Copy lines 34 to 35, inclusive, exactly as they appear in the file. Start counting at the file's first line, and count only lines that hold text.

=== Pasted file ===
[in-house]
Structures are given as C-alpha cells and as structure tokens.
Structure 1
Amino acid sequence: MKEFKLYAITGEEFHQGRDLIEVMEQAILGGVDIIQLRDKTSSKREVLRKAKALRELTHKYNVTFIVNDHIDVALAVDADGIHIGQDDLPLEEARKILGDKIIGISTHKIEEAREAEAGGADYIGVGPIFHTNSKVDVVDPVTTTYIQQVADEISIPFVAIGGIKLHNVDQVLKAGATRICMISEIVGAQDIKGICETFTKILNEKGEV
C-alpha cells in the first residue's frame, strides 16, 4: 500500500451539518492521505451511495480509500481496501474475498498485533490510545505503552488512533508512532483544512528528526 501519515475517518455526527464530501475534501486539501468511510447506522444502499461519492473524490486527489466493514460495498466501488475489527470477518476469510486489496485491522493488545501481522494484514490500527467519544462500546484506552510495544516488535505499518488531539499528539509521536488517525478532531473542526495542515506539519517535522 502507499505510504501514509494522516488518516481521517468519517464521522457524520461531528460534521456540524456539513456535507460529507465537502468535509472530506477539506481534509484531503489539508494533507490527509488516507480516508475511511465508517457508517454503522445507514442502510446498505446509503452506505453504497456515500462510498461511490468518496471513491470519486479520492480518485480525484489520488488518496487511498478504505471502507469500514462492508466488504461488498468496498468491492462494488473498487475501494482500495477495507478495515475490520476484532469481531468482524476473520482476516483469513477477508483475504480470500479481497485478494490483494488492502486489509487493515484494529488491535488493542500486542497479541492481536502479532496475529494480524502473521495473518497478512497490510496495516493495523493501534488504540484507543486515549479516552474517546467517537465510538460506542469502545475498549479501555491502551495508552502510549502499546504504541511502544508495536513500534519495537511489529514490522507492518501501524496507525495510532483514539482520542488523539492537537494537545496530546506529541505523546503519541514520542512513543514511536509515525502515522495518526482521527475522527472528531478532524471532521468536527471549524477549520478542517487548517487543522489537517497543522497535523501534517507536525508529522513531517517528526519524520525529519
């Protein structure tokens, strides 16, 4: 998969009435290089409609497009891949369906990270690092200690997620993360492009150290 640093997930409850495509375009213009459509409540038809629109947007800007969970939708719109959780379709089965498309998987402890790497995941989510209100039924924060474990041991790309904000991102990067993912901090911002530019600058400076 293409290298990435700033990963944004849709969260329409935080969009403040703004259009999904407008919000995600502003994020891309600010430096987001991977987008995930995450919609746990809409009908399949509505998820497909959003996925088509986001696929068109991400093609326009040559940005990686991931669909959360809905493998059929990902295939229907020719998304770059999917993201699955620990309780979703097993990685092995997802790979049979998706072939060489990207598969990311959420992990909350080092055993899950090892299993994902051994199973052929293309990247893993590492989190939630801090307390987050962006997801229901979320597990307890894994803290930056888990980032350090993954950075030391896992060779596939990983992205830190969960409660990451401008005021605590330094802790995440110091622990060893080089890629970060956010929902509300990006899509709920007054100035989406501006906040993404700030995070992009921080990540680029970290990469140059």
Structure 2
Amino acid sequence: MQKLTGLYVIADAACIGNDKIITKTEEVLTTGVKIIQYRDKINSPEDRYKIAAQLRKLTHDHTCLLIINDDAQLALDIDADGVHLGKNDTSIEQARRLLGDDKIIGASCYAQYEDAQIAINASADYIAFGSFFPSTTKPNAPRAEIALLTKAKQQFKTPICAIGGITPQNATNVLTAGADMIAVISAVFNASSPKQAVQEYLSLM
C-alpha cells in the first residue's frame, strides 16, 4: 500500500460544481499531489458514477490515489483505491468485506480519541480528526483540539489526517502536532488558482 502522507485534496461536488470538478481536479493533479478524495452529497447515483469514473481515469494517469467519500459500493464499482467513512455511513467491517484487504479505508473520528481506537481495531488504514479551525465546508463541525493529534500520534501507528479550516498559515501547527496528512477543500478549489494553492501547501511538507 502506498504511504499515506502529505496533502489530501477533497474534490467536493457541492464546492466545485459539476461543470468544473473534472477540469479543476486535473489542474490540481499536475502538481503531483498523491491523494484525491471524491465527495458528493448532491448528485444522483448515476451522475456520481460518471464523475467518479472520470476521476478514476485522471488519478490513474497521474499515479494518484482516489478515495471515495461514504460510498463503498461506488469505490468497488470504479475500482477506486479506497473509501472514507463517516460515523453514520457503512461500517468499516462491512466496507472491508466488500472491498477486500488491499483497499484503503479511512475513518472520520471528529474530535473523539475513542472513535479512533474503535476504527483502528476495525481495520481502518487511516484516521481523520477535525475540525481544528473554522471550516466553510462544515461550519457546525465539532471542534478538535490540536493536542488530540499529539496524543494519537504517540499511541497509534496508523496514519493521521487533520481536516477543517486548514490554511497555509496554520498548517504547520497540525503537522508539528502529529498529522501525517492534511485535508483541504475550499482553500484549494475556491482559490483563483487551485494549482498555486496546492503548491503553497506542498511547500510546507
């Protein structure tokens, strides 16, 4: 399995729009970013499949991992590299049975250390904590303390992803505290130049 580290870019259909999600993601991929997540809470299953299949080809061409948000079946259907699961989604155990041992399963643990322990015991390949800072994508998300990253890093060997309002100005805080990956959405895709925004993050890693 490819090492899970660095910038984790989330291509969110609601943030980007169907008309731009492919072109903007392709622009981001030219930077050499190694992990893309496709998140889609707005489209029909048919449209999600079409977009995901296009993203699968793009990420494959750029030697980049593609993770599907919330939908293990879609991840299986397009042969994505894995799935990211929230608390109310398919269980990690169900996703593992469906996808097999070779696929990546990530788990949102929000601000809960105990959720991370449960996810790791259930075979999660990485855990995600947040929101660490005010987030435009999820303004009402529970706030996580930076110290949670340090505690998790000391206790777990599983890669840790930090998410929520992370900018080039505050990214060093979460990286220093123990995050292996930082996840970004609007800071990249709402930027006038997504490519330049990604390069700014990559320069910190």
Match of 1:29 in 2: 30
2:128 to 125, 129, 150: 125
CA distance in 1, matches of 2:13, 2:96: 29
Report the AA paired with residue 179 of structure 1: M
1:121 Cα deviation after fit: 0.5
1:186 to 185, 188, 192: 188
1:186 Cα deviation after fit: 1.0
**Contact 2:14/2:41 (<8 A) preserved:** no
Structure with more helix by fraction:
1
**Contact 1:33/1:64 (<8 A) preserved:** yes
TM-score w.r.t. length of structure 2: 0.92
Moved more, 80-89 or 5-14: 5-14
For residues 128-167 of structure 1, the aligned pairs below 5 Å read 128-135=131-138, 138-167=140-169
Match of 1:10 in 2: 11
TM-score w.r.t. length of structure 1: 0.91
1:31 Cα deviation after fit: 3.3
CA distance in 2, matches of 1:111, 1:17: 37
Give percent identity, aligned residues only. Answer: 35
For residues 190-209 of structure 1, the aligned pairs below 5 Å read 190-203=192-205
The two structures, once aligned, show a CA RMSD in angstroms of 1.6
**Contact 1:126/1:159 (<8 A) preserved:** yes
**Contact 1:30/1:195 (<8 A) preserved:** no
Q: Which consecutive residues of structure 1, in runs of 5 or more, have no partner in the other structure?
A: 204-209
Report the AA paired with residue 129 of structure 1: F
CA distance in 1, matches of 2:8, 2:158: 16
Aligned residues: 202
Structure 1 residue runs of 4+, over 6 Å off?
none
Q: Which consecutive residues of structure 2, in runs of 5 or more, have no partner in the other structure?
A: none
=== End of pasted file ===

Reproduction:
Q: Which consecutive residues of structure 1, in runs of 5 or more, have no partner in the other structure?
A: 204-209